Masayoshi Sukita remembers the first time he met David Bowie. It was in 1972; the rock star had adopted her character from Ziggy Stardust and was set to become world famous. Despite his limited English, the Japanese photographer contacted Bowie’s management and persuaded them to arrange a shoot. Sukita says he wasn’t intimidated: âI felt very relaxed. I was nine years older than him and already had significant experience as a portrait painter and fashion photographer.
âIt was later, after this first shoot, that my interest in David Bowie grewâ¦ I was fascinated by the way Bowie expressed himself. He was no ordinary artist. He created a new world for himself centered around a space character and he was the alien star.
The creative partnership between the two men would last 40 years until Bowie’s death in 2016. Sukita cemented Bowie’s “alien” look in the striking images of the musician wearing a high-fashion Japanese Hakama costume – pale face as death, a golden circle painted on his forehead. In 1977, he again photographed Bowie in austere black and white, arms raised rigidly framing his face, in an image that would later become the cover of his album. Hero.
Photographer Guido Harari says, âSukita captured Bowie modulating and mutating, reconstructing and deconstructing. In his photos, we can even see the real David Jones, under thick makeup, red hair, Kansai [Yamamoto]outrageous stage clothes and all.
It’s clear the relationship has been among the most significant in Sukita’s career, but it wasn’t her only collaboration that produced some of the most striking pop music images of the 20th century. Despite this, he remains relatively unknown outside of his home country, which the first retrospective book of his work to be published outside of Japan hopes to change.
Sukita: eternity, published by ACC Art Books, follows the photographer from his wartime childhood in the mining town of Nogata. Her father died two days after Japan’s surrender in 1945 and her mother struggled to make ends meet, even though she bought him her first camera. Like many of his generation – he was born in 1938 – Sukita was captivated by the influx of American culture that swept through post-war Japan. Eternity features moving photographs of television screens showing the faces of Marlon Brando and other American movie stars, superimposed on Japanese figures, showing an early fascination with pop glamor and portraiture.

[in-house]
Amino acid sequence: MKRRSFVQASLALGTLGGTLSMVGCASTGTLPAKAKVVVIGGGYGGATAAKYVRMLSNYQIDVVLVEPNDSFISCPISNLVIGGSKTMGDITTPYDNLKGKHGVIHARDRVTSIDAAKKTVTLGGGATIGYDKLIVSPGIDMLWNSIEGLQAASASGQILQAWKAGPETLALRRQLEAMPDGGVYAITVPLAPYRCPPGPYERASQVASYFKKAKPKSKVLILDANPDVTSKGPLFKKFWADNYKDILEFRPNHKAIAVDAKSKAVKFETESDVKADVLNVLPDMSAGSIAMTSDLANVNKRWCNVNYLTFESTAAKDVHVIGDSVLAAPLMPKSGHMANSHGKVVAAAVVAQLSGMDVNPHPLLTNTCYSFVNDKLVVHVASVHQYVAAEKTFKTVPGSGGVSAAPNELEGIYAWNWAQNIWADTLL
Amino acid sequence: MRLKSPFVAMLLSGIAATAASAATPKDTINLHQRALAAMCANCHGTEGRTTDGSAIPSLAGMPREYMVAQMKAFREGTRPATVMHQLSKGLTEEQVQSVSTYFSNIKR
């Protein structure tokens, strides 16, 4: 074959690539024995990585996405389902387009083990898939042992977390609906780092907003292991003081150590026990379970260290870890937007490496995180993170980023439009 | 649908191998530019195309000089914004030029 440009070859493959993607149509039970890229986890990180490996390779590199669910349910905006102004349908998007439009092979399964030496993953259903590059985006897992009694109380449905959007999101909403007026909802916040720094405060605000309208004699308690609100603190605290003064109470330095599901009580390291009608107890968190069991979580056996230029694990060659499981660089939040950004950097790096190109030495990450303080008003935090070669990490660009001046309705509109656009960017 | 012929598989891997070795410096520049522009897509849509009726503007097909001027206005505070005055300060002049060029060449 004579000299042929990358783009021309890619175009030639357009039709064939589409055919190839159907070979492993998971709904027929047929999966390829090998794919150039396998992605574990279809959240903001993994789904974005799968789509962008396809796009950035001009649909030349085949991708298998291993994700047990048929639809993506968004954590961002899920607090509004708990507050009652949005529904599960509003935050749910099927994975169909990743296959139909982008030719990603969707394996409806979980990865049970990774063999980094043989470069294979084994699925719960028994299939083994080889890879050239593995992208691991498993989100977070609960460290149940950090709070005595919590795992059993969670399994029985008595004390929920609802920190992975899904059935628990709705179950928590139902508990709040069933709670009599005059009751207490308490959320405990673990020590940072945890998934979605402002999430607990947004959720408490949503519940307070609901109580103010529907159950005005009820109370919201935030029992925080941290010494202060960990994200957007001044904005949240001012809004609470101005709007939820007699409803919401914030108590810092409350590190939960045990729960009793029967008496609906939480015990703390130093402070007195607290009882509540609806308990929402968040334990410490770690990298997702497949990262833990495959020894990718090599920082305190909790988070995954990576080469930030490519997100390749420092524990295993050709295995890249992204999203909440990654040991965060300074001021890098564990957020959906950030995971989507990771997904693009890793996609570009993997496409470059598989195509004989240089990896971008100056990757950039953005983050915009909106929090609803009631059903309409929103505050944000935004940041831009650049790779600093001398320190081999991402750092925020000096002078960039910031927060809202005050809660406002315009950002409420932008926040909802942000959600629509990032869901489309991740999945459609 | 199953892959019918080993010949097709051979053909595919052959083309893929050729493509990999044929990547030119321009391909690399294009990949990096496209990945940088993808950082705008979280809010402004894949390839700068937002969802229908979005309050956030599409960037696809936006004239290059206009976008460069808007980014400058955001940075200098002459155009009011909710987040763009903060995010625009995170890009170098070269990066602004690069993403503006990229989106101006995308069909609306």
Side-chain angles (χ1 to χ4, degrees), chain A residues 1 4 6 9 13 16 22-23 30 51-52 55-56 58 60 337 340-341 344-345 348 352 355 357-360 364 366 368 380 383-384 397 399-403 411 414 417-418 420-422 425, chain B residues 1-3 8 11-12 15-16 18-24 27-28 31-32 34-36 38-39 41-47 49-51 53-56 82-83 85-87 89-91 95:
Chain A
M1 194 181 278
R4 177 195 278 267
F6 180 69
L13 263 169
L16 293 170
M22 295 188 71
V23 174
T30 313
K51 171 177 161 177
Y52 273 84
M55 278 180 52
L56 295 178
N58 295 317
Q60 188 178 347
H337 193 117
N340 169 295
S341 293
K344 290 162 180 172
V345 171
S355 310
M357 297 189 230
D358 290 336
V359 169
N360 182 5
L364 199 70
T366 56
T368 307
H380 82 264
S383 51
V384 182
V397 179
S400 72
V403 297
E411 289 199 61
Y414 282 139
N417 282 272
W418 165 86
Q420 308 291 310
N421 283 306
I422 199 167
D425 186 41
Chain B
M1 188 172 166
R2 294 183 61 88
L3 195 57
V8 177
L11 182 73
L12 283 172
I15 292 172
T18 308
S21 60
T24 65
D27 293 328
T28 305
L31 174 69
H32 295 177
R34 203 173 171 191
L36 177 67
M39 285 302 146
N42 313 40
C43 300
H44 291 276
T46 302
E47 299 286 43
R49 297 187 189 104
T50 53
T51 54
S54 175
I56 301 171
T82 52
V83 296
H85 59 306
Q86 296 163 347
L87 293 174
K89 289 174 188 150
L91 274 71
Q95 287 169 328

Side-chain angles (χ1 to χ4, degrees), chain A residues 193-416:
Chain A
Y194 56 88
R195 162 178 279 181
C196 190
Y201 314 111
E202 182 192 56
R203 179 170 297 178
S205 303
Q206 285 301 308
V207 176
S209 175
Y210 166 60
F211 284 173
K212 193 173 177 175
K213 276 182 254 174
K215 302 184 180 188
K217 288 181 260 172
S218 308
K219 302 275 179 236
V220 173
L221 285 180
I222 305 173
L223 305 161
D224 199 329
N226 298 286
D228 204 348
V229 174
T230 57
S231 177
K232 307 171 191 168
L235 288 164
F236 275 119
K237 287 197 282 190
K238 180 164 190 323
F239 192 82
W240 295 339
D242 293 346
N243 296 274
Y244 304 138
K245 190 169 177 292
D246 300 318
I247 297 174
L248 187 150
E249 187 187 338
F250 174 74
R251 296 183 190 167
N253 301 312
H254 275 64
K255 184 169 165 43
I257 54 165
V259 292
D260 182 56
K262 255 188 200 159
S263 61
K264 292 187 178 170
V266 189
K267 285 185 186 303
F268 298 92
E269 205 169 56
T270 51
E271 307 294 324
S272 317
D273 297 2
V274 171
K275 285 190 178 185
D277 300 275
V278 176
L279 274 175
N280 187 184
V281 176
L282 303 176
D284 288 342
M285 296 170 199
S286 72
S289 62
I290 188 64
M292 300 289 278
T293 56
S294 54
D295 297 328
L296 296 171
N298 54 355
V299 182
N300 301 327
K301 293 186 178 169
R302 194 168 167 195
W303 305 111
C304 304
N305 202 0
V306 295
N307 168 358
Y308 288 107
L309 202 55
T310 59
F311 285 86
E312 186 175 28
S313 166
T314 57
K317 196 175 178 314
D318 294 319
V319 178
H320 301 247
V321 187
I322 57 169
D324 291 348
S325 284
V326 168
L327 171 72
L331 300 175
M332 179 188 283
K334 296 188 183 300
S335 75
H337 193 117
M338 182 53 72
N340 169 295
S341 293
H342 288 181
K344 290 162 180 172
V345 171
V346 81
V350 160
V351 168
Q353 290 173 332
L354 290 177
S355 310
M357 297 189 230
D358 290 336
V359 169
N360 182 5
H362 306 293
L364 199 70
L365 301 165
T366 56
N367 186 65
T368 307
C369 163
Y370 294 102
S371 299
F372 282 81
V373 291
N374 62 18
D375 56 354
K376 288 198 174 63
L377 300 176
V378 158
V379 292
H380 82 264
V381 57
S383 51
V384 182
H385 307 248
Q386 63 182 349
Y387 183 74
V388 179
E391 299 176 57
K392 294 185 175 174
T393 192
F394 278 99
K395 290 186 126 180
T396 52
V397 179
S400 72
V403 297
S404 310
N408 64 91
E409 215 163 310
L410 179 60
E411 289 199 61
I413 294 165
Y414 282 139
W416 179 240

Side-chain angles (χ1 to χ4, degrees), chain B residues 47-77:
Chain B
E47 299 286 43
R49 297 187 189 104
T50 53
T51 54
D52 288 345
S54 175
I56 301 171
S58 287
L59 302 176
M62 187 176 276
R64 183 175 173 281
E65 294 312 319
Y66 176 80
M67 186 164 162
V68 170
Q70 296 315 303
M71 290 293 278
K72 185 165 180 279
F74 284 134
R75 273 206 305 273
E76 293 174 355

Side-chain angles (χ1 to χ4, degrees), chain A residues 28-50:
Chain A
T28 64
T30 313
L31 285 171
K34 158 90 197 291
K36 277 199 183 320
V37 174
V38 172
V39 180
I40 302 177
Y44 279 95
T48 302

After studying at the Japanese Institute of Photography and Film, he moved to Tokyo to work in fashion and advertising. He became independent in 1970 and moved to New York City, hanging out in the Warhol factory and photographing Jimi Hendrix. He didn’t stay long. He says: âIn the early 1970s it seemed like the culture of London was maybe more interesting than that of New York, so I felt drawn to researching what was going on there. I also felt that there was an interesting cultural shift in the music going on that particularly appealed to me.
In June 1972, he began six intensive months of filming Marc Bolan and T Rex, following the group on tour. This is the year Bowie met Bowie, who at the time was as fascinated by Japanese culture as Sukita was by England, drawing heavily on Kabuki theater to create her character Ziggy Stardust. Sukita was just one of his Japanese collaborators at the time – he also worked with designer Kansai Yamamoto and stylist Yacco Takahashi.
Sukita’s work with Bowie opened new doors, including an introduction to Iggy Pop. âI think they found something in each other that they themselves didn’t have,â recalls Sukita. âDavid found the savagery in Iggy; Iggy found intelligence in David. It always seemed to me that was the reason they worked so well together. One of Sukita’s Pop images was used for the cover of her 1981 album Party but, according to Yacco Takahashi, he forgot to credit Sukita. âSukita’s response was right, ‘Whatever, Iggy is a great guy!’ Takahashi says. Pop, for his part, said that “of all the photographers I have known, Sukita is the one I trust the most.”
He continued to work prolifically throughout the 1980s, photographing punk and New Wave stars including Madness, Johnny Rotten, Culture Club, David Byrne and Cyndi Lauper. Big fan of underground cinema, he was the photographer of Jarmusch’s third feature film, Mystery Train, in 1989. He of course continued to shoot Bowie regularly.
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Back in Japan, he often worked with the flagship electronic group Yellow Magic Orchestra. “There can be few better iconic images of an era than Masayoshi Sukita’s cover for YMO’s album Solid state survivorTokyo-based poet Chris Mosdell explains. âThe interrupted game of mahjong, the bottle of Coke, the Chinese revolutionary hat, the female model in the transparent red blouse and YMO in their red Neo-Mao costumes. is both emotionally immediate and permanently historical.
Now in her eighties, Sukita continues to work, mainly in the form of street photography in her hometown of Kyushu. âIt’s hard work,â he says of aging in the industry. âIn your 40s it was good, but when you’re 70 there’s no one your age in the whole room. Young people look at me with mystified expressions on their faces. I looked at older men the same way when I was young. Now I’m on the receiving side.
Still, he doesn’t want to stop. âThe desire to express something through photographs has been with me since I was in photography school and will remain so until my death. The photographs are immense, universal; photographs are love.